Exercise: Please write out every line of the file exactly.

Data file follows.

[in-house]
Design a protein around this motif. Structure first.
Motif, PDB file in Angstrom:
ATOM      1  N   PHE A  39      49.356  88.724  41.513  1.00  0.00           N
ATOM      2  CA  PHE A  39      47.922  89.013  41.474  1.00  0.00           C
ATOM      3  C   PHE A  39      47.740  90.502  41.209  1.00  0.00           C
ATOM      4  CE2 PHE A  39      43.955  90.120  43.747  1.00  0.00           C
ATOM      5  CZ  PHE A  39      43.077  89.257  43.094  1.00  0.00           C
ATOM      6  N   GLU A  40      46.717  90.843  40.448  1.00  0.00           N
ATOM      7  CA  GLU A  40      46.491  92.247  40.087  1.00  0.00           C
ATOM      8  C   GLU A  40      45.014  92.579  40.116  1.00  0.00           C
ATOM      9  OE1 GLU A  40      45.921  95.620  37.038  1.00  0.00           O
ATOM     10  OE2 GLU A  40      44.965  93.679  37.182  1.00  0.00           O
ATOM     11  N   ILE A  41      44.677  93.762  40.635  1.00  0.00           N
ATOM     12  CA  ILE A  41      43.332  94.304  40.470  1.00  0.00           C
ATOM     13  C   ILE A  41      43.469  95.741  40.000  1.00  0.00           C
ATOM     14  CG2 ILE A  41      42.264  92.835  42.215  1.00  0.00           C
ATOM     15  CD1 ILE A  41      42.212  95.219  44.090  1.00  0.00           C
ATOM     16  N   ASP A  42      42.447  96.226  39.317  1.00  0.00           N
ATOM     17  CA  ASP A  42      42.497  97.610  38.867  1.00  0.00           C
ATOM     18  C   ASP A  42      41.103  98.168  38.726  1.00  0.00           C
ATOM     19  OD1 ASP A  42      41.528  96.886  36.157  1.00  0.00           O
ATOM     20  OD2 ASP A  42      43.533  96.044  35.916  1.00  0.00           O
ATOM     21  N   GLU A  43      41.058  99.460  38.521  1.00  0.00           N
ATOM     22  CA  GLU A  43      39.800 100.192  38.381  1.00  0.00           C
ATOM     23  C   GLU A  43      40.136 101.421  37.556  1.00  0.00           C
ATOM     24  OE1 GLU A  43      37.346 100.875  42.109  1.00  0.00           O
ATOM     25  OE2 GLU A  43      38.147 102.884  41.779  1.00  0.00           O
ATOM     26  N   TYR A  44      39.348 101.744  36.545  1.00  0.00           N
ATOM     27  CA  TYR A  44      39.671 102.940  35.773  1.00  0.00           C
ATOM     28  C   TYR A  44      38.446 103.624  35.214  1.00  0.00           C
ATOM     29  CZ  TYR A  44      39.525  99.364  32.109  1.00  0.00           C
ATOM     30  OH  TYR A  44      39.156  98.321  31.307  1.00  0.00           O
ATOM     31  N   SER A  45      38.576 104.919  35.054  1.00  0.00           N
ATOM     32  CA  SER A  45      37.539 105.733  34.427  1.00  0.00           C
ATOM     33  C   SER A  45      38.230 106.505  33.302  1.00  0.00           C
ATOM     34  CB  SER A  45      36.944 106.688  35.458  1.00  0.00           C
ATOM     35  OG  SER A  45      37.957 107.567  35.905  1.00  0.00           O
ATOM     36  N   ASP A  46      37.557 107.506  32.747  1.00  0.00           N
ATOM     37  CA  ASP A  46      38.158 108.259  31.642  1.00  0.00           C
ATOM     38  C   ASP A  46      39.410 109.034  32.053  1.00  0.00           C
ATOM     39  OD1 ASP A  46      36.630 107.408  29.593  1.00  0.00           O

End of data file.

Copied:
[in-house]
Design a protein around this motif. Structure first.
Motif, PDB file in Angstrom:
ATOM      1  N   PHE A  39      49.356  88.724  41.513  1.00  0.00           N
ATOM      2  CA  PHE A  39      47.922  89.013  41.474  1.00  0.00           C
ATOM      3  C   PHE A  39      47.740  90.502  41.209  1.00  0.00           C
ATOM      4  CE2 PHE A  39      43.955  90.120  43.747  1.00  0.00           C
ATOM      5  CZ  PHE A  39      43.077  89.257  43.094  1.00  0.00           C
ATOM      6  N   GLU A  40      46.717  90.843  40.448  1.00  0.00           N
ATOM      7  CA  GLU A  40      46.491  92.247  40.087  1.00  0.00           C
ATOM      8  C   GLU A  40      45.014  92.579  40.116  1.00  0.00           C
ATOM      9  OE1 GLU A  40      45.921  95.620  37.038  1.00  0.00           O
ATOM     10  OE2 GLU A  40      44.965  93.679  37.182  1.00  0.00           O
ATOM     11  N   ILE A  41      44.677  93.762  40.635  1.00  0.00           N
ATOM     12  CA  ILE A  41      43.332  94.304  40.470  1.00  0.00           C
ATOM     13  C   ILE A  41      43.469  95.741  40.000  1.00  0.00           C
ATOM     14  CG2 ILE A  41      42.264  92.835  42.215  1.00  0.00           C
ATOM     15  CD1 ILE A  41      42.212  95.219  44.090  1.00  0.00           C
ATOM     16  N   ASP A  42      42.447  96.226  39.317  1.00  0.00           N
ATOM     17  CA  ASP A  42      42.497  97.610  38.867  1.00  0.00           C
ATOM     18  C   ASP A  42      41.103  98.168  38.726  1.00  0.00           C
ATOM     19  OD1 ASP A  42      41.528  96.886  36.157  1.00  0.00           O
ATOM     20  OD2 ASP A  42      43.533  96.044  35.916  1.00  0.00           O
ATOM     21  N   GLU A  43      41.058  99.460  38.521  1.00  0.00           N
ATOM     22  CA  GLU A  43      39.800 100.192  38.381  1.00  0.00           C
ATOM     23  C   GLU A  43      40.136 101.421  37.556  1.00  0.00           C
ATOM     24  OE1 GLU A  43      37.346 100.875  42.109  1.00  0.00           O
ATOM     25  OE2 GLU A  43      38.147 102.884  41.779  1.00  0.00           O
ATOM     26  N   TYR A  44      39.348 101.744  36.545  1.00  0.00           N
ATOM     27  CA  TYR A  44      39.671 102.940  35.773  1.00  0.00           C
ATOM     28  C   TYR A  44      38.446 103.624  35.214  1.00  0.00           C
ATOM     29  CZ  TYR A  44      39.525  99.364  32.109  1.00  0.00           C
ATOM     30  OH  TYR A  44      39.156  98.321  31.307  1.00  0.00           O
ATOM     31  N   SER A  45      38.576 104.919  35.054  1.00  0.00           N
ATOM     32  CA  SER A  45      37.539 105.733  34.427  1.00  0.00           C
ATOM     33  C   SER A  45      38.230 106.505  33.302  1.00  0.00           C
ATOM     34  CB  SER A  45      36.944 106.688  35.458  1.00  0.00           C
ATOM     35  OG  SER A  45      37.957 107.567  35.905  1.00  0.00           O
ATOM     36  N   ASP A  46      37.557 107.506  32.747  1.00  0.00           N
ATOM     37  CA  ASP A  46      38.158 108.259  31.642  1.00  0.00           C
ATOM     38  C   ASP A  46      39.410 109.034  32.053  1.00  0.00           C
ATOM     39  OD1 ASP A  46      36.630 107.408  29.593  1.00  0.00           O